Deamonte Driver was just 12 years old when bacteria from an abscessed molar spread to his brain. By the time his mother realized he needed attention, it was too late. Not even two brain surgeries and six weeks of hospitalization - at a cost of $250,000 - were able to save him.
Deamonte’s tragic death demonstrates how our health care system so often fails the poor. And the way that policymakers have responded to his death demonstrates why that system so often fails the poor.
Deamonte and his siblings did not receive routine dental care, at least in part because of the shortcomings of Maryland’s Medicaid program, created to provide health care to the poor. It’s tough to get an appointment with a dentist if you’re on Medicaid. The program pays so little, only one in six Maryland dentists participate.
Unfortunately, some policymakers are pushing legislation that would put even more people in the same situation. In Washington, Sens. Ben Cardin (D-Md.) and Jeff Bingaman (D-N.M.) responded with legislation that would increase Medicaid payments to dentists. In Annapolis, Del. Nathaniel T. Oaks (D-Baltimore) and Sen. Thomas Middleton (D-Calvert County) used Deamonte¹s story to argue for similar legislation.
Given that Medicaid offers paltry access to care, and that better access might have saved Deamonte, that approach holds some appeal. But Medicaid would quickly swallow up the additional funding, and leave even more low-income families in the same terrible bind.
Here’s why. At any moment, only two out of three people who are eligible for Medicaid are actually enrolled in the program. Lousy access to care is one of the reasons many eligible families do not enroll.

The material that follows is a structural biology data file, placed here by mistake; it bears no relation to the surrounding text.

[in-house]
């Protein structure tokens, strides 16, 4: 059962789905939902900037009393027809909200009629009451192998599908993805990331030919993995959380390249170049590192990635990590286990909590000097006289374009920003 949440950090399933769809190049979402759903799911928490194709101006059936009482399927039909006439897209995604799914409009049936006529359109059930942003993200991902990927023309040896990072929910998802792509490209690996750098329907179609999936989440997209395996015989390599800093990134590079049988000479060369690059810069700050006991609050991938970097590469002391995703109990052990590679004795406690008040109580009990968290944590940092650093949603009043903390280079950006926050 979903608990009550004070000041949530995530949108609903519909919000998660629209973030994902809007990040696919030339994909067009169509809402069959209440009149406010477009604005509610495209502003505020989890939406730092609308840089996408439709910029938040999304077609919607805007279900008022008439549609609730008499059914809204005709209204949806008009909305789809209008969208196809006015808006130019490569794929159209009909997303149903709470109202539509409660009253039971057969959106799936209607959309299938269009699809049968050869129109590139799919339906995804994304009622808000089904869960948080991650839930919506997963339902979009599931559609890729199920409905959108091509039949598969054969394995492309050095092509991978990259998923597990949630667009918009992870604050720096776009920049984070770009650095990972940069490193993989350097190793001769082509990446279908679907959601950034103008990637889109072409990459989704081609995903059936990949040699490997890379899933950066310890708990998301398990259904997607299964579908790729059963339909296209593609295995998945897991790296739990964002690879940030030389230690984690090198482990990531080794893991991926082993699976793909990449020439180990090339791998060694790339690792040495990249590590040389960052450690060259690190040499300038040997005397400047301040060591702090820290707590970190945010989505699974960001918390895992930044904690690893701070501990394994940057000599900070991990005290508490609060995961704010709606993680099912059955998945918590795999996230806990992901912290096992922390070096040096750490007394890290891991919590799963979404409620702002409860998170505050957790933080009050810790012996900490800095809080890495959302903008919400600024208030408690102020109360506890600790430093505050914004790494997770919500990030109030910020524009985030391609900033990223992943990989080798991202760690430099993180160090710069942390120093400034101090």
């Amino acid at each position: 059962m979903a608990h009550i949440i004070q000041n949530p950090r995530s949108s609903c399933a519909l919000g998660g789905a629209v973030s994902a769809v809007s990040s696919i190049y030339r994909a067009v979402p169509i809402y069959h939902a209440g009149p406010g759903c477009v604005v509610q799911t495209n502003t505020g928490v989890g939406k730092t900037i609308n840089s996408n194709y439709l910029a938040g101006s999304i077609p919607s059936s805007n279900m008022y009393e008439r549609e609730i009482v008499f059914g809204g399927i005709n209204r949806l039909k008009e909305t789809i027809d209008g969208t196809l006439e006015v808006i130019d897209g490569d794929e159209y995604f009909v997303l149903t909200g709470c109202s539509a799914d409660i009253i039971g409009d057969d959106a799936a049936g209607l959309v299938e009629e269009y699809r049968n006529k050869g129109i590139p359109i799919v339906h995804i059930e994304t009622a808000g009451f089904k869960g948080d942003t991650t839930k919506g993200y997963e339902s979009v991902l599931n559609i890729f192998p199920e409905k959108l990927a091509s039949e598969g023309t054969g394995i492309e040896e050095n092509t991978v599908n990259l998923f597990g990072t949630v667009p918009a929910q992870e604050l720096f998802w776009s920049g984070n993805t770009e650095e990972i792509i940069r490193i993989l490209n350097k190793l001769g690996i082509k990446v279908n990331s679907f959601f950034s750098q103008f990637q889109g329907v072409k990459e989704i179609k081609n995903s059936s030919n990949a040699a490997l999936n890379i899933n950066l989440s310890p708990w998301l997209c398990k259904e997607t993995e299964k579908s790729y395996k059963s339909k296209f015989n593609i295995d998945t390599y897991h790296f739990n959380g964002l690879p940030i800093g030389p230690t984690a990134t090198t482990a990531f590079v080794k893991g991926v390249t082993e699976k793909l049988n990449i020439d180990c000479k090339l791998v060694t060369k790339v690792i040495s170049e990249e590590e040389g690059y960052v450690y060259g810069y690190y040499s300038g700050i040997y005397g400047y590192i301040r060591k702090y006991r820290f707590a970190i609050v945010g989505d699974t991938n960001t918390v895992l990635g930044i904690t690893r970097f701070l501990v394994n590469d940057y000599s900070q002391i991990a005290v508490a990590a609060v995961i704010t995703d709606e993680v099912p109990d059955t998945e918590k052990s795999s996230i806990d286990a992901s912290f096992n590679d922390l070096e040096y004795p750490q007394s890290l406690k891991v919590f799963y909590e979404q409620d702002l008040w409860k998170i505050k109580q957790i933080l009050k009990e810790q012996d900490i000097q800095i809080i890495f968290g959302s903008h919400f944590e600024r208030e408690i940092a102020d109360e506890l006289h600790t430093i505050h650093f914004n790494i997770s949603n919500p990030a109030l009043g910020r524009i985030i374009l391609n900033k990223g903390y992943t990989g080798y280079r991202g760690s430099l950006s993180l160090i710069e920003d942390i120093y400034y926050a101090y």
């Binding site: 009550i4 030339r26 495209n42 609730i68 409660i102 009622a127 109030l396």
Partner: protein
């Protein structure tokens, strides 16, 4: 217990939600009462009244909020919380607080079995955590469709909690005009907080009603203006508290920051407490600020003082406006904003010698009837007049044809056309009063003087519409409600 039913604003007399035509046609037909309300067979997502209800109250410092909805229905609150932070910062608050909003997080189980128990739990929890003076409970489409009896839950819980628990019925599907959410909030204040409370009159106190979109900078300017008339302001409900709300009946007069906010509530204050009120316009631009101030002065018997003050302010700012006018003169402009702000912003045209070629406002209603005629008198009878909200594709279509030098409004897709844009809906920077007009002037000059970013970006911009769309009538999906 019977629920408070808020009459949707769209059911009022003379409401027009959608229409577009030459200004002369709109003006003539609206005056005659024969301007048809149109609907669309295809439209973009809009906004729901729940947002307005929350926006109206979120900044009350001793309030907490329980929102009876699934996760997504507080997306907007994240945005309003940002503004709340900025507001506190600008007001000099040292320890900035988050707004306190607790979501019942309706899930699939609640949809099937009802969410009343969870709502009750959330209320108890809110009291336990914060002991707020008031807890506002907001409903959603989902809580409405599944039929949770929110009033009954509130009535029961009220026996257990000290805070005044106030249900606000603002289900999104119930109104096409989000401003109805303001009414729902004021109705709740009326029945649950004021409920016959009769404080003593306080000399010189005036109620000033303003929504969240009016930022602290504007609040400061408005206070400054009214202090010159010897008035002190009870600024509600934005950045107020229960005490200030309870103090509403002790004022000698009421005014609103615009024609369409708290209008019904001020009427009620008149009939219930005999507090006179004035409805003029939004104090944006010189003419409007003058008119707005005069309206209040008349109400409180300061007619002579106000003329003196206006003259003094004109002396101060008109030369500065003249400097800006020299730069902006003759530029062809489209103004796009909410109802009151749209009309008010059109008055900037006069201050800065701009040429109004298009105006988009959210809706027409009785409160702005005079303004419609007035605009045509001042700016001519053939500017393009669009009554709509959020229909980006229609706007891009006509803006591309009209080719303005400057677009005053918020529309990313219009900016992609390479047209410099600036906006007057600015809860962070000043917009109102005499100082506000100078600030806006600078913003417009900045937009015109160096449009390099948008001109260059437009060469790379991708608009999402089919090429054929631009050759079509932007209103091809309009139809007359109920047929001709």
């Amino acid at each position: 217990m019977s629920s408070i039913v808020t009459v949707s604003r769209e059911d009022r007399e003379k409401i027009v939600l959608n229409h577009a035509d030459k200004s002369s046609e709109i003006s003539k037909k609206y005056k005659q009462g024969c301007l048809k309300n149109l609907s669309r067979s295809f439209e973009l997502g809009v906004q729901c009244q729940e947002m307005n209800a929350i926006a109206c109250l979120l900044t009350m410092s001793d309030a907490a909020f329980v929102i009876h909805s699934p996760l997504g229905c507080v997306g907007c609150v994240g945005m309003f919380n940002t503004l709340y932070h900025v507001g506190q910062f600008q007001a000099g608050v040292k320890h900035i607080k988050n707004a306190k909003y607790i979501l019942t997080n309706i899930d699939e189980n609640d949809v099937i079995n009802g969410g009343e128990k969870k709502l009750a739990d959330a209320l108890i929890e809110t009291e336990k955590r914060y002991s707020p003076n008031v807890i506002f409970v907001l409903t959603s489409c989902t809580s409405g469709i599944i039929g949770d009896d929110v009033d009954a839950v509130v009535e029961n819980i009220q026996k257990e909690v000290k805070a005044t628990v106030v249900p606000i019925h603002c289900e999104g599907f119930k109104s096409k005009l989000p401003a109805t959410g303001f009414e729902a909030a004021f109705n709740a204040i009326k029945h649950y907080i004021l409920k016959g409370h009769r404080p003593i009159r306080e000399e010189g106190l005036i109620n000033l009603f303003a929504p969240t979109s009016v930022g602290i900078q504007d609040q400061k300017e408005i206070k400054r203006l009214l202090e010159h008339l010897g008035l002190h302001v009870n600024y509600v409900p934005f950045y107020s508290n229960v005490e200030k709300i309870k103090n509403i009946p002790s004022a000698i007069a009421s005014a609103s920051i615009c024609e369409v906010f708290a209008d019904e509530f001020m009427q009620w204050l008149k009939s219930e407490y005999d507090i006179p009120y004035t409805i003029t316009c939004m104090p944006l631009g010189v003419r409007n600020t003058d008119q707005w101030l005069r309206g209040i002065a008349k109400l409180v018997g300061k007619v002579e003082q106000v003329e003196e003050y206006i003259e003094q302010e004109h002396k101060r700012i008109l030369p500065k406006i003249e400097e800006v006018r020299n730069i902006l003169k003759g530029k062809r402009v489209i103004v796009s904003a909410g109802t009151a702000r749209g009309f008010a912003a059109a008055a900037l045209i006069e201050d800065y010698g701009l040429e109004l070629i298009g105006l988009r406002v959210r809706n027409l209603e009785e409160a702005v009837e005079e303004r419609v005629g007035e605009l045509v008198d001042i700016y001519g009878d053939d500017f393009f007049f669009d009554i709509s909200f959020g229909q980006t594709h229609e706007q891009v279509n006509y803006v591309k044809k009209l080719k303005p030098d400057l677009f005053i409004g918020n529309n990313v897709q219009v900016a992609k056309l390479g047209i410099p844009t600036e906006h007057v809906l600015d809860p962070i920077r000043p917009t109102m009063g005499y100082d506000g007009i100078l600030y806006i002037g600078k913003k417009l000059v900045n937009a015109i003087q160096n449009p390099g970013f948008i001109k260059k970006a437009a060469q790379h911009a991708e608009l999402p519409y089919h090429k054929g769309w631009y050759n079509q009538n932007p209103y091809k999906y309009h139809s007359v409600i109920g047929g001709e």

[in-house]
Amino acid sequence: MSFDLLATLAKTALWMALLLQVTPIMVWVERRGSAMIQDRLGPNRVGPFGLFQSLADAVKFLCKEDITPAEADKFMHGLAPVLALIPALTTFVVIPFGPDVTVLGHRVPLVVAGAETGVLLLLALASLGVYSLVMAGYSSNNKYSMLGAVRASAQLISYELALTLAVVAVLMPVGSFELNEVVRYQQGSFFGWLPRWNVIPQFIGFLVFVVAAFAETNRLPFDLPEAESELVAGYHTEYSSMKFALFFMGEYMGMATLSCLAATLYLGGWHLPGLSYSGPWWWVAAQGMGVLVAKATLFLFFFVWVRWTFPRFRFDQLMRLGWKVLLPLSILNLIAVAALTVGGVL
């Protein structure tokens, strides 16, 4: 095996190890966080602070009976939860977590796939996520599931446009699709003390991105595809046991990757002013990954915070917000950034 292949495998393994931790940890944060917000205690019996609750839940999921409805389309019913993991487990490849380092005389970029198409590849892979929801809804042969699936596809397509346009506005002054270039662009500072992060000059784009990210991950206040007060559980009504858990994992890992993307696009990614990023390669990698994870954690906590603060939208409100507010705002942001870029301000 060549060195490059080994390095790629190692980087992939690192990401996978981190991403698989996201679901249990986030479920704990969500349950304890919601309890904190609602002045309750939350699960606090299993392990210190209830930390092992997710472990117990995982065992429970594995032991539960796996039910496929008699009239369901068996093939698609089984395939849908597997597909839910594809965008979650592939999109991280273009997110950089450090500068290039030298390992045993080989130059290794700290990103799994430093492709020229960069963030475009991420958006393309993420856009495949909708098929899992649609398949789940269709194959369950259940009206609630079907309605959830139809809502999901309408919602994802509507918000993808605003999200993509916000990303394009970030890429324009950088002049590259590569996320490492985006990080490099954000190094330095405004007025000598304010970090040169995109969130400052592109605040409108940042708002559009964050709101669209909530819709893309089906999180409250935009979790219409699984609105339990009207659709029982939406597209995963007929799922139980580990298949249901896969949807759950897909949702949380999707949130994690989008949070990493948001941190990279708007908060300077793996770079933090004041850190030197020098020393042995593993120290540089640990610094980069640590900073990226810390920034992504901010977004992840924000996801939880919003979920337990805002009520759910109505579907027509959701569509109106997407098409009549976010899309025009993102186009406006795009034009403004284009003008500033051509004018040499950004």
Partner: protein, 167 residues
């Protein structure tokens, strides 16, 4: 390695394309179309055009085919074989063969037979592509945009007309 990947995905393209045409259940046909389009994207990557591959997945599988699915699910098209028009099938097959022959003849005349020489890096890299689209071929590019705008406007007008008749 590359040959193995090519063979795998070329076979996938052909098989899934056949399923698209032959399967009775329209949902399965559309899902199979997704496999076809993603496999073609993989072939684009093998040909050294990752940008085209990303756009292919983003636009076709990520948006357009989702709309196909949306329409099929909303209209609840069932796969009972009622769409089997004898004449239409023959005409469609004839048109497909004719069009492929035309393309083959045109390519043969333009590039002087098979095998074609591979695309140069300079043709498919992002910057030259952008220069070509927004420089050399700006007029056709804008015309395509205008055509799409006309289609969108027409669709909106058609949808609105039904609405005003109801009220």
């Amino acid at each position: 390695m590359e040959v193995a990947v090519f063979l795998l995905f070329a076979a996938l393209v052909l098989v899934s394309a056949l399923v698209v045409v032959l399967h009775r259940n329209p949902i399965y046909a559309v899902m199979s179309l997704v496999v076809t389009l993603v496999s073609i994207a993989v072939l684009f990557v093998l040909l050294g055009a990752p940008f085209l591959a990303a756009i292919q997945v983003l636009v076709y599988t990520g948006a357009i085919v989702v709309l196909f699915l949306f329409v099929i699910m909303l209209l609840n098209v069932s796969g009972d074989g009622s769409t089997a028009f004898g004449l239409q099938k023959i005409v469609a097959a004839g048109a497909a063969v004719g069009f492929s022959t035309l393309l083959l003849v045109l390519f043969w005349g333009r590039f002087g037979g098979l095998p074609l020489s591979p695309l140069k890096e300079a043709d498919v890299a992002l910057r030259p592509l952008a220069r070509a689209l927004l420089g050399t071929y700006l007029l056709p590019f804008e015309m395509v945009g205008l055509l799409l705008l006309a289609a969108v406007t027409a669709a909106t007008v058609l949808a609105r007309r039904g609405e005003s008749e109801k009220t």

Spending more per enrollee would improve access initially. But it would also increase enrollment by making the program more attractive to those currently not enrolled.
The added cost would leave lawmakers with two options: Increase taxes or reduce per-enrollee spending. Increasing taxes would just add fuel to the fire by making it harder for families to avoid enrolling. Eventually, lawmakers would have to reduce spending, and access would return to previous levels. At the end of the process, the only difference would be that even more Deamontes would be dependent on a lousy government program for their health care.
The politicians have thus far ignored another way that society failed Deamonte - one that actually offers some hope of expanding access to dental care.
In the name of “consumer protection,” the state of Maryland reduces access to the very type of early intervention that Deamonte needed. Twenty states allow dental hygienists direct access to patients, which makes basic, preventive care more affordable. But not Maryland, which requires licensed hygienists to work under the supervision of a licensed dentist. That makes it impossible for hygienists to offer lower-cost basic and preventive care by striking out on their own.
The usual justification for that requirement is that it improves quality. The real reason for its existence is that it protects dentists from competition. But it may not even live up to its stated purpose. Studies show that over-regulation of dental hygienists increases the cost of dental care. If those higher costs prevent people from getting any care at all, that reduces quality.
If Maryland officials want to improve access to dental care, they must deregulate hygienists.
No one can say whether that would have made the difference for Deamonte. But such laws do cost lives. Duke University professor Christopher J. Conover estimates that health care regulations cost 22,000 lives every year. Some of those are lost because regulation cuts off access to affordable, basic care.
Given greater freedom, hygienists could educate more people about proper dental care and catch problems like Deamonte’s before they turn deadly. Unfortunately, most politicians seem genetically programmed to reject any reform that would reduce their influence. There’s a good case to be made that improving access to care for the poor requires exactly that.